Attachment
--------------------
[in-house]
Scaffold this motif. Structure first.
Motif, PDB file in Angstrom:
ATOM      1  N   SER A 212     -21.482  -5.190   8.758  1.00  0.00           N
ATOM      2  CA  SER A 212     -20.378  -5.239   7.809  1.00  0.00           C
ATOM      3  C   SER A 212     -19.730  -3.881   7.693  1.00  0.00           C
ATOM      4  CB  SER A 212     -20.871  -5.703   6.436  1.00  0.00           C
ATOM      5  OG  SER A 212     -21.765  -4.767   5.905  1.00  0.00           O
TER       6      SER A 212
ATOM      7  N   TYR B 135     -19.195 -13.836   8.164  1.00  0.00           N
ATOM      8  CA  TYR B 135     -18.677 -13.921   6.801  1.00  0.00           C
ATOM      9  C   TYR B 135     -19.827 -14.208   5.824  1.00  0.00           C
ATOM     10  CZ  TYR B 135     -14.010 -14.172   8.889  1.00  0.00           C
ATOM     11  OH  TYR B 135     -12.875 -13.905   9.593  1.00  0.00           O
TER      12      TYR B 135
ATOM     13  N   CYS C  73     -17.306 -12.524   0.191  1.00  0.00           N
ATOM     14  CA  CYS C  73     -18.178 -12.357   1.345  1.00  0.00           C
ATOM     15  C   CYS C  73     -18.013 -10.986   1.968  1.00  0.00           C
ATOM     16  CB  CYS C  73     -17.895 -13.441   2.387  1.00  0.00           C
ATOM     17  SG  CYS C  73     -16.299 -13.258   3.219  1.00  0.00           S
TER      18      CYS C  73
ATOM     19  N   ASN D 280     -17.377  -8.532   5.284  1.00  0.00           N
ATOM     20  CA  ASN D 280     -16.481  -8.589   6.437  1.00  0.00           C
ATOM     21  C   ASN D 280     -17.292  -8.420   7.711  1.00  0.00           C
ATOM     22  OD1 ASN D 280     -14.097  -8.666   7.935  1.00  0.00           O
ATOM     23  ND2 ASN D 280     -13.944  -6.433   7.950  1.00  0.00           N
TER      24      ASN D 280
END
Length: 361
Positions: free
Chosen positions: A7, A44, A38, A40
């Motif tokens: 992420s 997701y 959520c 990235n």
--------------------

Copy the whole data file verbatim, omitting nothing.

[in-house]
Scaffold this motif. Structure first.
Motif, PDB file in Angstrom:
ATOM      1  N   SER A 212     -21.482  -5.190   8.758  1.00  0.00           N
ATOM      2  CA  SER A 212     -20.378  -5.239   7.809  1.00  0.00           C
ATOM      3  C   SER A 212     -19.730  -3.881   7.693  1.00  0.00           C
ATOM      4  CB  SER A 212     -20.871  -5.703   6.436  1.00  0.00           C
ATOM      5  OG  SER A 212     -21.765  -4.767   5.905  1.00  0.00           O
TER       6      SER A 212
ATOM      7  N   TYR B 135     -19.195 -13.836   8.164  1.00  0.00           N
ATOM      8  CA  TYR B 135     -18.677 -13.921   6.801  1.00  0.00           C
ATOM      9  C   TYR B 135     -19.827 -14.208   5.824  1.00  0.00           C
ATOM     10  CZ  TYR B 135     -14.010 -14.172   8.889  1.00  0.00           C
ATOM     11  OH  TYR B 135     -12.875 -13.905   9.593  1.00  0.00           O
TER      12      TYR B 135
ATOM     13  N   CYS C  73     -17.306 -12.524   0.191  1.00  0.00           N
ATOM     14  CA  CYS C  73     -18.178 -12.357   1.345  1.00  0.00           C
ATOM     15  C   CYS C  73     -18.013 -10.986   1.968  1.00  0.00           C
ATOM     16  CB  CYS C  73     -17.895 -13.441   2.387  1.00  0.00           C
ATOM     17  SG  CYS C  73     -16.299 -13.258   3.219  1.00  0.00           S
TER      18      CYS C  73
ATOM     19  N   ASN D 280     -17.377  -8.532   5.284  1.00  0.00           N
ATOM     20  CA  ASN D 280     -16.481  -8.589   6.437  1.00  0.00           C
ATOM     21  C   ASN D 280     -17.292  -8.420   7.711  1.00  0.00           C
ATOM     22  OD1 ASN D 280     -14.097  -8.666   7.935  1.00  0.00           O
ATOM     23  ND2 ASN D 280     -13.944  -6.433   7.950  1.00  0.00           N
TER      24      ASN D 280
END
Length: 361
Positions: free
Chosen positions: A7, A44, A38, A40
């Motif tokens: 992420s 997701y 959520c 990235n």